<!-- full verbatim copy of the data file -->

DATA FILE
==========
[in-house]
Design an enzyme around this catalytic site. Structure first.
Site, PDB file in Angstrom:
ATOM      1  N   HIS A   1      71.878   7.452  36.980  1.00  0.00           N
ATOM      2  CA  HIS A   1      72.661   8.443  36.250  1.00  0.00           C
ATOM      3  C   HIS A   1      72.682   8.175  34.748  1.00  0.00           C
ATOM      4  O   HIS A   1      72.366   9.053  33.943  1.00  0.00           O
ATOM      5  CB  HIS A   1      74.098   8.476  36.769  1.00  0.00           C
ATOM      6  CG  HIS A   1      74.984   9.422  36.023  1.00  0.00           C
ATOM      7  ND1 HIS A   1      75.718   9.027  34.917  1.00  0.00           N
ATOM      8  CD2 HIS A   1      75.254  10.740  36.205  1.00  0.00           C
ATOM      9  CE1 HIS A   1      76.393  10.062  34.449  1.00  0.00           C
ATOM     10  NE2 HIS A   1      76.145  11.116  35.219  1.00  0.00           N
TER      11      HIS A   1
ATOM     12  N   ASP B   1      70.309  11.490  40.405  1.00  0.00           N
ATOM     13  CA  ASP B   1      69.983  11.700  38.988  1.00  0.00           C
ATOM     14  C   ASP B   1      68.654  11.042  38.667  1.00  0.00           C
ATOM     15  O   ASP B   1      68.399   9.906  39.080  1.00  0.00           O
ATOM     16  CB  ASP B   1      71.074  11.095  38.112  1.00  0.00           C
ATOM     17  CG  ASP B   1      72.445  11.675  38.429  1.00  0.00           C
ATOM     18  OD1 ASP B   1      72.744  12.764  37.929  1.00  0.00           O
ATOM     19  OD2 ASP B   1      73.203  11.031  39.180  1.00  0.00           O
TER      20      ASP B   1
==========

[in-house]
Design an enzyme around this catalytic site. Structure first.
Site, PDB file in Angstrom:
ATOM      1  N   HIS A   1      71.878   7.452  36.980  1.00  0.00           N
ATOM      2  CA  HIS A   1      72.661   8.443  36.250  1.00  0.00           C
ATOM      3  C   HIS A   1      72.682   8.175  34.748  1.00  0.00           C
ATOM      4  O   HIS A   1      72.366   9.053  33.943  1.00  0.00           O
ATOM      5  CB  HIS A   1      74.098   8.476  36.769  1.00  0.00           C
ATOM      6  CG  HIS A   1      74.984   9.422  36.023  1.00  0.00           C
ATOM      7  ND1 HIS A   1      75.718   9.027  34.917  1.00  0.00           N
ATOM      8  CD2 HIS A   1      75.254  10.740  36.205  1.00  0.00           C
ATOM      9  CE1 HIS A   1      76.393  10.062  34.449  1.00  0.00           C
ATOM     10  NE2 HIS A   1      76.145  11.116  35.219  1.00  0.00           N
TER      11      HIS A   1
ATOM     12  N   ASP B   1      70.309  11.490  40.405  1.00  0.00           N
ATOM     13  CA  ASP B   1      69.983  11.700  38.988  1.00  0.00           C
ATOM     14  C   ASP B   1      68.654  11.042  38.667  1.00  0.00           C
ATOM     15  O   ASP B   1      68.399   9.906  39.080  1.00  0.00           O
ATOM     16  CB  ASP B   1      71.074  11.095  38.112  1.00  0.00           C
ATOM     17  CG  ASP B   1      72.445  11.675  38.429  1.00  0.00           C
ATOM     18  OD1 ASP B   1      72.744  12.764  37.929  1.00  0.00           O
ATOM     19  OD2 ASP B   1      73.203  11.031  39.180  1.00  0.00           O
TER      20      ASP B   1